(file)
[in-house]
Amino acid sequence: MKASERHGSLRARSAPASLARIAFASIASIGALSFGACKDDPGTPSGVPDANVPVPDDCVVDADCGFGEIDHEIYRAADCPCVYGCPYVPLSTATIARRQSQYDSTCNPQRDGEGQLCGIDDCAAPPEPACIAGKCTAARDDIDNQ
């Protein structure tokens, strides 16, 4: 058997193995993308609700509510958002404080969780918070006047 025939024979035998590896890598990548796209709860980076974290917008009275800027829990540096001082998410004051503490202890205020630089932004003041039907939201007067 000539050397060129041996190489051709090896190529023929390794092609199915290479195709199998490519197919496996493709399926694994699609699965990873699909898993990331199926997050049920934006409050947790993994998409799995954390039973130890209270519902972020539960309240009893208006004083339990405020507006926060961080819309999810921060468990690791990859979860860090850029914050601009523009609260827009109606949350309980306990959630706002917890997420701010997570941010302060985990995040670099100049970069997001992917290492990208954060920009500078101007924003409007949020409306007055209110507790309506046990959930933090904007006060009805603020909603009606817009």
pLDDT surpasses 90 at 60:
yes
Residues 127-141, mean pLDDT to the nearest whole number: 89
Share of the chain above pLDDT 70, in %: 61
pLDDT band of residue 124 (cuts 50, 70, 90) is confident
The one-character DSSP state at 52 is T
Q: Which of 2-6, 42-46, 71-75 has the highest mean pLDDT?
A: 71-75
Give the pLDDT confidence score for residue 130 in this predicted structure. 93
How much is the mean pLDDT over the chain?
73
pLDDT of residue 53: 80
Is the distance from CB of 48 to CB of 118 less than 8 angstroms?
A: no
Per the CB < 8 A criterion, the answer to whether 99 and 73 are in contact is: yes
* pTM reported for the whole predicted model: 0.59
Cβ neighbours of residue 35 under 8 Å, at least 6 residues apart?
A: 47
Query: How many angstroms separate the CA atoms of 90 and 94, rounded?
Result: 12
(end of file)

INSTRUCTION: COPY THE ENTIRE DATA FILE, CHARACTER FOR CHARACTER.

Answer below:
[in-house]
Amino acid sequence: MKASERHGSLRARSAPASLARIAFASIASIGALSFGACKDDPGTPSGVPDANVPVPDDCVVDADCGFGEIDHEIYRAADCPCVYGCPYVPLSTATIARRQSQYDSTCNPQRDGEGQLCGIDDCAAPPEPACIAGKCTAARDDIDNQ
């Protein structure tokens, strides 16, 4: 058997193995993308609700509510958002404080969780918070006047 025939024979035998590896890598990548796209709860980076974290917008009275800027829990540096001082998410004051503490202890205020630089932004003041039907939201007067 000539050397060129041996190489051709090896190529023929390794092609199915290479195709199998490519197919496996493709399926694994699609699965990873699909898993990331199926997050049920934006409050947790993994998409799995954390039973130890209270519902972020539960309240009893208006004083339990405020507006926060961080819309999810921060468990690791990859979860860090850029914050601009523009609260827009109606949350309980306990959630706002917890997420701010997570941010302060985990995040670099100049970069997001992917290492990208954060920009500078101007924003409007949020409306007055209110507790309506046990959930933090904007006060009805603020909603009606817009």
pLDDT surpasses 90 at 60:
yes
Residues 127-141, mean pLDDT to the nearest whole number: 89
Share of the chain above pLDDT 70, in %: 61
pLDDT band of residue 124 (cuts 50, 70, 90) is confident
The one-character DSSP state at 52 is T
Q: Which of 2-6, 42-46, 71-75 has the highest mean pLDDT?
A: 71-75
Give the pLDDT confidence score for residue 130 in this predicted structure. 93
How much is the mean pLDDT over the chain?
73
pLDDT of residue 53: 80
Is the distance from CB of 48 to CB of 118 less than 8 angstroms?
A: no
Per the CB < 8 A criterion, the answer to whether 99 and 73 are in contact is: yes
* pTM reported for the whole predicted model: 0.59
Cβ neighbours of residue 35 under 8 Å, at least 6 residues apart?
A: 47
Query: How many angstroms separate the CA atoms of 90 and 94, rounded?
Result: 12